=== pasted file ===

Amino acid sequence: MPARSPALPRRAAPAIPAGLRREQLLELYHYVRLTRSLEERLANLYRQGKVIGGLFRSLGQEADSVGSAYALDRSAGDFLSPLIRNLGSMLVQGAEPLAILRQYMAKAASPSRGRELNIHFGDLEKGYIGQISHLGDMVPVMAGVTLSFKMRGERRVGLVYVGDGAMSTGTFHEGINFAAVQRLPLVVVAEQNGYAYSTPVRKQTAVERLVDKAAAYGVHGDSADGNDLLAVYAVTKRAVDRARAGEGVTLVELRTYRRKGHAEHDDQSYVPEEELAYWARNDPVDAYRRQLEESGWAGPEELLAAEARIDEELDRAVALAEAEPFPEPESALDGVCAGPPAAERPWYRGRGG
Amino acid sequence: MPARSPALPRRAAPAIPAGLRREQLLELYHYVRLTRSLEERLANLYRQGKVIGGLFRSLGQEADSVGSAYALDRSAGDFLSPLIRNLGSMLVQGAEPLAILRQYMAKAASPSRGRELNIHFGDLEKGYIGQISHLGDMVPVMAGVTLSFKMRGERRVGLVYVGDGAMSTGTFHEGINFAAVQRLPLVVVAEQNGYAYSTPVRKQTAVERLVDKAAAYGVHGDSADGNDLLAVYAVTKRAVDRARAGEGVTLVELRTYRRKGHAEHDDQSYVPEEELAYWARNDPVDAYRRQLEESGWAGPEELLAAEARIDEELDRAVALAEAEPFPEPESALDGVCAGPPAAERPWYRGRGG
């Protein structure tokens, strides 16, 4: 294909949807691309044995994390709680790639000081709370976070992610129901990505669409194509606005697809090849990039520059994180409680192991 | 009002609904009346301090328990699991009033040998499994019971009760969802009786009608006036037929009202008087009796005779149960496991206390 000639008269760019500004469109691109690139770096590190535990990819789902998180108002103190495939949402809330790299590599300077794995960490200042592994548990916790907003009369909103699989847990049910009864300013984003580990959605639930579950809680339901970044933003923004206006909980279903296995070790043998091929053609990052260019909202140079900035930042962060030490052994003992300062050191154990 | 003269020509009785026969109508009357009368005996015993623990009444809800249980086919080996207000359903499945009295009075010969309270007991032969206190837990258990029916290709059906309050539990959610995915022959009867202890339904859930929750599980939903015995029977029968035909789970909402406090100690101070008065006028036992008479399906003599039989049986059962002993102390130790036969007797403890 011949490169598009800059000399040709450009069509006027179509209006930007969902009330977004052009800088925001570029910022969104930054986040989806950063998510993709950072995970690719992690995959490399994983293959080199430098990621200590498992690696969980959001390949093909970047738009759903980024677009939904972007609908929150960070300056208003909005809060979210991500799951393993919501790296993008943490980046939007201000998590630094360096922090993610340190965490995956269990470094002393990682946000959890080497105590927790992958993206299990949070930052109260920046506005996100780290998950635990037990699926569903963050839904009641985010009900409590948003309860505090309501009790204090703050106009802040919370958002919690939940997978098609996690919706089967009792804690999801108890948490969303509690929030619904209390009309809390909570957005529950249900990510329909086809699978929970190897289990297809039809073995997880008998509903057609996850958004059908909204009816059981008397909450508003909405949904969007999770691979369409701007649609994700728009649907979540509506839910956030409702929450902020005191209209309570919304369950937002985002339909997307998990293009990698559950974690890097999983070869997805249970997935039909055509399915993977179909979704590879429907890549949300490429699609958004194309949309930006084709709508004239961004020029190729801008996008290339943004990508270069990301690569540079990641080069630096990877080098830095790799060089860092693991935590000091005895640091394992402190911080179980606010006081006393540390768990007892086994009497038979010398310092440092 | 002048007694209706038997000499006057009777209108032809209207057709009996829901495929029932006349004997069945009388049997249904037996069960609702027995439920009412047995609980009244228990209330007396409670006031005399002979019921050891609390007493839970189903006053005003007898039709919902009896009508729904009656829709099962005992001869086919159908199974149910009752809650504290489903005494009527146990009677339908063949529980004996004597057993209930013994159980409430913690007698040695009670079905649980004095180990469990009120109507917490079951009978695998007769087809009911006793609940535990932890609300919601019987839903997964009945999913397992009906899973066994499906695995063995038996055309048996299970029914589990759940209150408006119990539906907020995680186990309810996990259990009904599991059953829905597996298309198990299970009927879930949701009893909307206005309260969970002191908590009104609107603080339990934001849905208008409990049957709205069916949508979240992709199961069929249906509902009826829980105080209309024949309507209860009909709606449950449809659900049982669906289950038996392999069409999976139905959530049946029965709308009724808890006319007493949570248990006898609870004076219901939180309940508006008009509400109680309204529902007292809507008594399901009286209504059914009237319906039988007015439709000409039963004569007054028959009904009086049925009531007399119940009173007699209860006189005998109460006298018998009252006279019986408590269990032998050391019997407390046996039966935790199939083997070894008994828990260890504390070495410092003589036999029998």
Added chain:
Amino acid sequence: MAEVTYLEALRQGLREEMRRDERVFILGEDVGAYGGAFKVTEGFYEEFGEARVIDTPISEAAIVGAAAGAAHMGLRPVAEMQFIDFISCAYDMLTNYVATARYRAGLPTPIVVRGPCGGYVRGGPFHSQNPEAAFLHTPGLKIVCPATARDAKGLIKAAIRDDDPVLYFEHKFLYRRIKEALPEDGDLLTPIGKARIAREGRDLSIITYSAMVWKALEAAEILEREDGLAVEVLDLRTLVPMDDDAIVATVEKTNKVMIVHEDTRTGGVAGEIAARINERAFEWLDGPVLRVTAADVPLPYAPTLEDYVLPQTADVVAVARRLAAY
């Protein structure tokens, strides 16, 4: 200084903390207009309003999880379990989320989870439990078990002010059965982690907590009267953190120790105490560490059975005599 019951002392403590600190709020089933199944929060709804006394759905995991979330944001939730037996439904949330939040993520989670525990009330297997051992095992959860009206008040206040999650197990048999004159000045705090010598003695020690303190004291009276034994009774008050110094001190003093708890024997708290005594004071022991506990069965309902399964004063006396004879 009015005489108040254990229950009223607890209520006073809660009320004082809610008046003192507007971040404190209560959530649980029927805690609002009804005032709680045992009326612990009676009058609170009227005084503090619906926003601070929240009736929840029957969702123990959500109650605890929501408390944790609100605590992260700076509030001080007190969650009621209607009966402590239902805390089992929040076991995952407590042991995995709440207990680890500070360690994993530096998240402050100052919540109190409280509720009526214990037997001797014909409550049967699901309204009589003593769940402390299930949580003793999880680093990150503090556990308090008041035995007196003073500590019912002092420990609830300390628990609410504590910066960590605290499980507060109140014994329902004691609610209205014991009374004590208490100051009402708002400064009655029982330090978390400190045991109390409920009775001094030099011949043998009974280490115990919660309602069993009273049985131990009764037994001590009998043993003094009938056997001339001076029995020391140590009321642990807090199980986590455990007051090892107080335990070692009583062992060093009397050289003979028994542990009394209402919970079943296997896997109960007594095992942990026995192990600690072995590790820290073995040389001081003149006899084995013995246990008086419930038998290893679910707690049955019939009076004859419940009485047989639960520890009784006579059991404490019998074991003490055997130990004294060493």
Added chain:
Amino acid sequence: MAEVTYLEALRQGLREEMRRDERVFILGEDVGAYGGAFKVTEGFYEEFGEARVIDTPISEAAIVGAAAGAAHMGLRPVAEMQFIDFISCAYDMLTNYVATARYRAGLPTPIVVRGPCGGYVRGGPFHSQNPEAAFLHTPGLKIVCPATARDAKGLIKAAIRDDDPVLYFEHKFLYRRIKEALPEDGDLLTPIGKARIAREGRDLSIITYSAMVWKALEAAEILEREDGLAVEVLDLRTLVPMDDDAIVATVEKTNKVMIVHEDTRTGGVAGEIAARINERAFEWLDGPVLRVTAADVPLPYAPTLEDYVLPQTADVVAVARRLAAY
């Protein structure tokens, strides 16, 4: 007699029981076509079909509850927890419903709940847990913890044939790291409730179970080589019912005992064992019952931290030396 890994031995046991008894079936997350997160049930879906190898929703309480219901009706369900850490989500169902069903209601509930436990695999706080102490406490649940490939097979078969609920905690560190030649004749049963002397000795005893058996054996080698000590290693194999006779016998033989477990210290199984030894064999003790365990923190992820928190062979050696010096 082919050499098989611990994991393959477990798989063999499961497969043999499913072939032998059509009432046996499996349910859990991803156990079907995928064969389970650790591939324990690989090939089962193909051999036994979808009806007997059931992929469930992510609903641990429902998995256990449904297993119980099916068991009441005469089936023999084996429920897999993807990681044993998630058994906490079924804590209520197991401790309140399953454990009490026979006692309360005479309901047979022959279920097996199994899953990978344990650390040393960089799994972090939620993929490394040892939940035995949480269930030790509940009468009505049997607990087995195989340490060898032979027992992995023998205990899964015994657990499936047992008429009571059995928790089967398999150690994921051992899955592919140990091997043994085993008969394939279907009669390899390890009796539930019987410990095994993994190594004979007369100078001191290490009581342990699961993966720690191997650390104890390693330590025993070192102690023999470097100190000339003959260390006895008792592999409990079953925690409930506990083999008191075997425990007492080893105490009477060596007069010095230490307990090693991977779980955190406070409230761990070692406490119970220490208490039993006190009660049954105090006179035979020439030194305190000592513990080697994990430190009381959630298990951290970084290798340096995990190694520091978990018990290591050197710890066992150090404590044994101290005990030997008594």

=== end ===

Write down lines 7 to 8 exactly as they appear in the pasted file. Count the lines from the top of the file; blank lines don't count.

Added chain:
Amino acid sequence: MAEVTYLEALRQGLREEMRRDERVFILGEDVGAYGGAFKVTEGFYEEFGEARVIDTPISEAAIVGAAAGAAHMGLRPVAEMQFIDFISCAYDMLTNYVATARYRAGLPTPIVVRGPCGGYVRGGPFHSQNPEAAFLHTPGLKIVCPATARDAKGLIKAAIRDDDPVLYFEHKFLYRRIKEALPEDGDLLTPIGKARIAREGRDLSIITYSAMVWKALEAAEILEREDGLAVEVLDLRTLVPMDDDAIVATVEKTNKVMIVHEDTRTGGVAGEIAARINERAFEWLDGPVLRVTAADVPLPYAPTLEDYVLPQTADVVAVARRLAAY